The value for the 2nd argument can also be the author (items author), summary (items summary), or the URL (items url) of the post.

See the examples below:

We passed the values ‘items author’ and ‘items url’ to our IMPORTFEED functions to return the names of the authors and the URLs of the recent posts in Sheetaki.com.

The 3rd argument passed to our IMPORTFEED function above is the Boolean value TRUE. This means that we wanted the IMPORTFEED function to include the header title of the information we are importing.

See the header title in cell A1 below:

If we are to pass FALSE as the third argument, it wouldn’t include the header title. Please see the sample below:

Notice that in cells A1, B1, and C1, the values are already the information of the first content. You will have to insert a row above so that you can manually put the header titles for each information.

For our last argument, it limits the function to return the number of items. 

In our example above, we passed the value 10 as the 4th argument, which told the IMPORTFEED function to only show the 10 most recent posts on the website.

How to use IMPORTFEED function in Google Sheets

If we will change the 4th argument to 5, it would only show 5 items:

How to use IMPORTFEED function in Google Sheets

You may make a copy of the spreadsheet using the link I have attached below.

How to Use IMPORTFEDD Function in Google Sheets

  1. Click on any cell to make it the active cell. For this guide, I will be selecting A1, where I want to show the imported information.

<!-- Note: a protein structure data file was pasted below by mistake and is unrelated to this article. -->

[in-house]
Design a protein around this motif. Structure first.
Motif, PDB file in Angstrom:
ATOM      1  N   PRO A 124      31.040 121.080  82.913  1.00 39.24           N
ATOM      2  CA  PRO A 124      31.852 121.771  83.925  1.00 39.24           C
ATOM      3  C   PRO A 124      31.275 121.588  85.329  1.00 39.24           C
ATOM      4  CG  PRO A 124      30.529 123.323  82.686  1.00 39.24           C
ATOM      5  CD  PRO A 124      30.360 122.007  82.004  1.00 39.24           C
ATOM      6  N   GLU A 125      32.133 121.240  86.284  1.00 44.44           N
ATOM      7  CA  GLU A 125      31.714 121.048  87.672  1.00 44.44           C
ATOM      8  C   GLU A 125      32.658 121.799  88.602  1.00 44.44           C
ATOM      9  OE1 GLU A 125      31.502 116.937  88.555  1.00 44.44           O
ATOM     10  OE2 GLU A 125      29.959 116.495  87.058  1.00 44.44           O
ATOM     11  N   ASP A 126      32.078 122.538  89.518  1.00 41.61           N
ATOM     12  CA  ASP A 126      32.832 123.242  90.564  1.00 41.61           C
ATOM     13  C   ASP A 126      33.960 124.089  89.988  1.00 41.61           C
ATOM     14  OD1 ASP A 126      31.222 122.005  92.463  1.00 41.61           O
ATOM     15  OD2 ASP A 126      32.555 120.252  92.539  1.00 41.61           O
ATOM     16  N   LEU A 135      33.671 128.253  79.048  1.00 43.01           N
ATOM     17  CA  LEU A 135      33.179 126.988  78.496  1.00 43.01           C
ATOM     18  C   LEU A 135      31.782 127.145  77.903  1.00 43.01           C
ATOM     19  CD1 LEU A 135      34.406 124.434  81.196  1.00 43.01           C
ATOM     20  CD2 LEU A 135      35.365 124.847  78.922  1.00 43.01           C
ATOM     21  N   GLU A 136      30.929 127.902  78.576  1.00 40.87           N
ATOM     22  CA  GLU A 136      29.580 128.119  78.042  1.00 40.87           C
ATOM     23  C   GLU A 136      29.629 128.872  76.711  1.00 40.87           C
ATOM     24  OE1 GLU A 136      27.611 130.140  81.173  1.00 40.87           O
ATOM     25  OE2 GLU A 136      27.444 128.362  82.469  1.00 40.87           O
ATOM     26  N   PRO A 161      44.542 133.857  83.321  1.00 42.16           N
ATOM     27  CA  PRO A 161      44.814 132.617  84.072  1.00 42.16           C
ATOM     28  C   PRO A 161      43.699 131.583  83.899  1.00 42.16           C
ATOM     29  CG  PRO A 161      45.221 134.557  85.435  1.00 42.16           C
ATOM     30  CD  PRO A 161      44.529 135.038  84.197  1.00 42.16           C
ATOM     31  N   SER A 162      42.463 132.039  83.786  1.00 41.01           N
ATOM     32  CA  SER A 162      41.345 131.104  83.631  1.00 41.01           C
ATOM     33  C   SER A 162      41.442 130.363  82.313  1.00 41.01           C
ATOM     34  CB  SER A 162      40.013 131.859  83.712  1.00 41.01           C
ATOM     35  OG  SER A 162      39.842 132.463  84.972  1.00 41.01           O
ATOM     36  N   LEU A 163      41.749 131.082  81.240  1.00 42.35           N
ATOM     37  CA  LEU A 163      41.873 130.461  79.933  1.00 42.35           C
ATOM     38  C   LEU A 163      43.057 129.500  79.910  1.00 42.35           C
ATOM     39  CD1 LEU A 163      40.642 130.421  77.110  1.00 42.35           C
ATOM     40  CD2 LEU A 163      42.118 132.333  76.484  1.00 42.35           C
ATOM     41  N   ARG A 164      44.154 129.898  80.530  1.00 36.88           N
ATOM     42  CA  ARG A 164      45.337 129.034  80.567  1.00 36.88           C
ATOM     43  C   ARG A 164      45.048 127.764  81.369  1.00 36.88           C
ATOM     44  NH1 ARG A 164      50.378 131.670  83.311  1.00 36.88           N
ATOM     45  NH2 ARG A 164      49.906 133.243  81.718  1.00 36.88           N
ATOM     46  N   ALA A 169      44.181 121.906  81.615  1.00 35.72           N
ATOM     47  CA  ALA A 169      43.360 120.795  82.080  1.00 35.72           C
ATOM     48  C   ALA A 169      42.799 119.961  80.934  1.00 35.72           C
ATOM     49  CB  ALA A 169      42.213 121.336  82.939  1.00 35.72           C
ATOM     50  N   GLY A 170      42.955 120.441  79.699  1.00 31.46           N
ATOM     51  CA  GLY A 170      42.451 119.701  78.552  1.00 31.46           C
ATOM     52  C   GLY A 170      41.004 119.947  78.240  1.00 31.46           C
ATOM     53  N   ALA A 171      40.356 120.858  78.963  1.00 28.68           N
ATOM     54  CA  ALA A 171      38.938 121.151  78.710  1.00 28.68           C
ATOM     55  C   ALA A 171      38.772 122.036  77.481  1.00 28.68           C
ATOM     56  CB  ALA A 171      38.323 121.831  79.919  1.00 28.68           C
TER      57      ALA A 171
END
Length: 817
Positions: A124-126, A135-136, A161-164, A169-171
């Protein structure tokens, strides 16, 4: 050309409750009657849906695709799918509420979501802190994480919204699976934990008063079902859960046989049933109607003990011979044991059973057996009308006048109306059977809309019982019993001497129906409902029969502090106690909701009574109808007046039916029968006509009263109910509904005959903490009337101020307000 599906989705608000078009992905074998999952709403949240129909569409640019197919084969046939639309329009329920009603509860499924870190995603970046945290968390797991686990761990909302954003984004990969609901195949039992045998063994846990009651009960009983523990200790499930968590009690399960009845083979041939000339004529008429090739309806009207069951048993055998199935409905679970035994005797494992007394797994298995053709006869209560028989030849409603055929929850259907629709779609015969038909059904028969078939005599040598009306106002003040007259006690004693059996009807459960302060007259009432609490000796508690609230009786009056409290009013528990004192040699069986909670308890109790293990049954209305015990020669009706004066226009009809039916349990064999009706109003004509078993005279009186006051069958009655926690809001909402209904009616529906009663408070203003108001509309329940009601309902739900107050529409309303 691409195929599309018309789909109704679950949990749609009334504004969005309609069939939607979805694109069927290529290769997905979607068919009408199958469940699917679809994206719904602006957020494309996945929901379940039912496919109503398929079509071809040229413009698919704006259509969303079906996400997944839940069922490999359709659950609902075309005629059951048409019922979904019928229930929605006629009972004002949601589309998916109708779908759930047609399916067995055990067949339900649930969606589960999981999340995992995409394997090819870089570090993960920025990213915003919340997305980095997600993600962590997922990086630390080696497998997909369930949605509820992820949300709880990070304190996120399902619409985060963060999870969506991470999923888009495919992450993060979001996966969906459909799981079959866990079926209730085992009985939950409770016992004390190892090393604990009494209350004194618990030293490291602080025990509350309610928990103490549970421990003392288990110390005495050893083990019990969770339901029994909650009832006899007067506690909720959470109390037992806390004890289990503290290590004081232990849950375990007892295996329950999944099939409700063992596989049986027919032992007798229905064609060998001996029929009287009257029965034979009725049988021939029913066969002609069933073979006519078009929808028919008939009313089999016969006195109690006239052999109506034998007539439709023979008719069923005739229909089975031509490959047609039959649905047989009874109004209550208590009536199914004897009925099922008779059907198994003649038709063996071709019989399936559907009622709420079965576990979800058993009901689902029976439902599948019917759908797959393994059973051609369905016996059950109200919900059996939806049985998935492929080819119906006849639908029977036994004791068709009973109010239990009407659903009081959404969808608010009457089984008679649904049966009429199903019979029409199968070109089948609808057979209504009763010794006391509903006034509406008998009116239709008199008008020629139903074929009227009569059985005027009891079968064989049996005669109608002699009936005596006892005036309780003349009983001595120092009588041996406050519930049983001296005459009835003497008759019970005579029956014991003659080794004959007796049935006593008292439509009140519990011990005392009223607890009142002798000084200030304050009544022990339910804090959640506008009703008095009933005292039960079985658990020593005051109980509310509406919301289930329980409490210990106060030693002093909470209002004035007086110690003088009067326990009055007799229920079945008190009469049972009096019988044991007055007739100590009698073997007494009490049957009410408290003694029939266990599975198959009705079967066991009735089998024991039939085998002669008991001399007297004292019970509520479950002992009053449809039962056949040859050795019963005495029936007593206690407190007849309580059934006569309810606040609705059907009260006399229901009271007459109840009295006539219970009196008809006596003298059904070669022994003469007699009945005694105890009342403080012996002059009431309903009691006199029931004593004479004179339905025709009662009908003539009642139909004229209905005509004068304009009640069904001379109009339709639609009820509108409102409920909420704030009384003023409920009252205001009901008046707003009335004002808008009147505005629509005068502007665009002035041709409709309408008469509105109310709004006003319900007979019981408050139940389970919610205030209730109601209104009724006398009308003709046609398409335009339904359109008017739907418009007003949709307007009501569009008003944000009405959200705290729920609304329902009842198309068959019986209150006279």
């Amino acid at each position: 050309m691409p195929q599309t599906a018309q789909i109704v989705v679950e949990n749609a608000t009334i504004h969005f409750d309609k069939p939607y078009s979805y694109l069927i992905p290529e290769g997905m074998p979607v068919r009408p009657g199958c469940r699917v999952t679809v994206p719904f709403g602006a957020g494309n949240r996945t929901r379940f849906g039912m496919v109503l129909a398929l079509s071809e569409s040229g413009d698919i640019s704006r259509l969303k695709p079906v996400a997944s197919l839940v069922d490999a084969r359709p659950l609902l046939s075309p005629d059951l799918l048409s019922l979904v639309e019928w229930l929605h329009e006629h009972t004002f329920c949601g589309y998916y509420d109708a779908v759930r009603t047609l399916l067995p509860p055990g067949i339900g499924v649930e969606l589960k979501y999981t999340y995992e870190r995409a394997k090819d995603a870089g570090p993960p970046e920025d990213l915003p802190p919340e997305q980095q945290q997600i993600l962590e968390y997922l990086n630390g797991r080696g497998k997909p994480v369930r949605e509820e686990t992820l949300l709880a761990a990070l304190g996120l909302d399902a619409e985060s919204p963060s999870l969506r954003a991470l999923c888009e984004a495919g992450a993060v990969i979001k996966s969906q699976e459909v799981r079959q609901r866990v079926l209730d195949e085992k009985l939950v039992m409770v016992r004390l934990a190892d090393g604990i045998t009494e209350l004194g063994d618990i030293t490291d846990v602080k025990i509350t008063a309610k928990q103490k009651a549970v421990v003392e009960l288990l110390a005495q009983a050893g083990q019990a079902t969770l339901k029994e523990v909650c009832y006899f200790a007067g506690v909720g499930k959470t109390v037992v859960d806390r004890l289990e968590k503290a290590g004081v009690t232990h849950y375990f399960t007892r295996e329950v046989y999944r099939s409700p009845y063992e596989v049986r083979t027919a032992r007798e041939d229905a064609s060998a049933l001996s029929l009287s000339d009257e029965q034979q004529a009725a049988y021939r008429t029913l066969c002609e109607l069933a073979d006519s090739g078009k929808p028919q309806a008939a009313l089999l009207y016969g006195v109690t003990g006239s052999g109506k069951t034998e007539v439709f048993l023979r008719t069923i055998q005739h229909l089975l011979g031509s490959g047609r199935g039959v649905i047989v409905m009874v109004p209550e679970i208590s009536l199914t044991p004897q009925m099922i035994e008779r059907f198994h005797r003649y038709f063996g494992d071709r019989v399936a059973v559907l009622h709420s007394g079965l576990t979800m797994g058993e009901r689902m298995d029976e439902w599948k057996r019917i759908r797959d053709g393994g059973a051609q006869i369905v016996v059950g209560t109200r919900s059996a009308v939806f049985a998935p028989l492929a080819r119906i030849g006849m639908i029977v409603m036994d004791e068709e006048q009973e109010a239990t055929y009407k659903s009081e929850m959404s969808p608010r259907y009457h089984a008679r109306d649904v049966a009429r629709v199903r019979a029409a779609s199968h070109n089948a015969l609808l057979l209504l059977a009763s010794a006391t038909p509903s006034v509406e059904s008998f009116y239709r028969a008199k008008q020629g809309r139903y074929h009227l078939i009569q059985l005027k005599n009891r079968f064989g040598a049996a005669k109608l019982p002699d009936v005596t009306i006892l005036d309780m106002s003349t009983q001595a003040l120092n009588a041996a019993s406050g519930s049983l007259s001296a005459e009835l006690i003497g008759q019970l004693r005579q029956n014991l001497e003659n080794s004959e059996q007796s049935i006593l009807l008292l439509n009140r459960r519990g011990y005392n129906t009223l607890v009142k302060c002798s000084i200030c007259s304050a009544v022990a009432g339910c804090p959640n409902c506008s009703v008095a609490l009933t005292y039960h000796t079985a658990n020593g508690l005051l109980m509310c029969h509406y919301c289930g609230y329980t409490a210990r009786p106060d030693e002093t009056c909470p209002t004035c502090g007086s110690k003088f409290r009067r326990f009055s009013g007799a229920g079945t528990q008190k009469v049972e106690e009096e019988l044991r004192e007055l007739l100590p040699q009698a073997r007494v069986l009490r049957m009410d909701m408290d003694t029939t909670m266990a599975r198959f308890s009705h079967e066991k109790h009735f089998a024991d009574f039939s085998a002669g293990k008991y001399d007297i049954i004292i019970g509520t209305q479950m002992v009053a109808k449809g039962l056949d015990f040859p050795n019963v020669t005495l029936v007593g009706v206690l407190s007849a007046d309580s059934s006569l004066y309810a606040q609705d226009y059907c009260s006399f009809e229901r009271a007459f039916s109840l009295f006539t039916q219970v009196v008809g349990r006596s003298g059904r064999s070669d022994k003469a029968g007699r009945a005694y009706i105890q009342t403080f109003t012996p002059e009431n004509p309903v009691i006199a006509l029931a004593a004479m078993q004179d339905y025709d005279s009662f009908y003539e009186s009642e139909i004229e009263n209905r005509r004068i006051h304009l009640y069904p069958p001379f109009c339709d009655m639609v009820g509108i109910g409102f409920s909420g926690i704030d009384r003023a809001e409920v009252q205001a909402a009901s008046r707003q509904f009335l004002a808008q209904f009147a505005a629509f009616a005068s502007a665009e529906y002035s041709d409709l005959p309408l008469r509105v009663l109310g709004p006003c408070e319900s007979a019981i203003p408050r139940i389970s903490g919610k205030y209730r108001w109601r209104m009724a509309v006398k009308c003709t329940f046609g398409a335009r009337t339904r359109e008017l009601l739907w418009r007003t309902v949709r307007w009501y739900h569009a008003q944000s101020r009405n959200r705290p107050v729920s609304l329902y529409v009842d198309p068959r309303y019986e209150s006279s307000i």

1. Next, type the equal sign ‘=‘ to begin the function and then follow it with the name of the function, which is our ‘importfeed‘ (or ‘IMPORTFEED‘, not case sensitive like our other functions).

How to use IMPORTFEED function in Google Sheets

 

  1. Type open parenthesis ‘(‘ or simply hit Tab key to let you use that function.

 

  1. Now the exciting part! Let’s give our function its first argument, the url. Type in the quotation mark () and follow it with the website feed URL. In this case, I will be using ‘https://www.sheetaki.com/feed’. Don’t forget to close it with another quotation mark ().

How to use IMPORTFEED function in Google Sheets

 

  1. To let the Google sheet know that we’re done typing our first argument, we should now type in the delimiter or the character that separates each argument on a function. In this case, type comma,’.

 

  1. Type in our second argument, which is the optional argument [query]. Type in quotation mark () and follow it with ‘items title’. Don’t forget to close it with another quotation mark ().

 

  1. Before we type in our third argument, make sure to end the second argument with our delimiter. Type in comma (,).

How to use IMPORTFEED function in Google Sheets

 

  1. Now, let’s pass the third argument. Since we want our IMPORTFEED to include the header title of the information, type in ‘TRUE’ and follow it with another delimiter. No need to enclose the Boolean value with the quotation mark.

How to use IMPORTFEED function in Google Sheets

 

  1. For the fourth argument, type in ‘10 for the function to return 10 content titles.

 

  1. Finally, hit your Enter or Tab key. Cell A1:A11 will now show you the resulting array of information or the return value of the IMPORTFEED function, which are the 10 content titles from our website feed source.

 

  1. Now, let’s extract the author of these content titles.

 

 

  1. On cell B1, repeat steps 1 to 10. Only this time, for step 6, type in ‘items author’.

How to use IMPORTFEED function in Google Sheets

 

  1. Then, hit your Enter or Tab key. Cell B1:B11 will now show you the 10 content authors of the 10 most recent posts in Sheetaki.com.

How to use IMPORTFEED function in Google Sheets

 
That’s pretty much it. You can now use the IMPORTFEED function in Google Sheets together with the other numerous Google Sheets formulas to create even more powerful formulas that can make your life much easier.

 

Get emails from us about Google Sheets.

Our goal this year is to create lots of rich, bite-sized tutorials for Google Sheets users like you. If you liked this one, you'll love what we are working on! Readers receive ✨ early access ✨ to new content.

 

0 Shares:
Leave a Reply

Your email address will not be published.

You May Also Like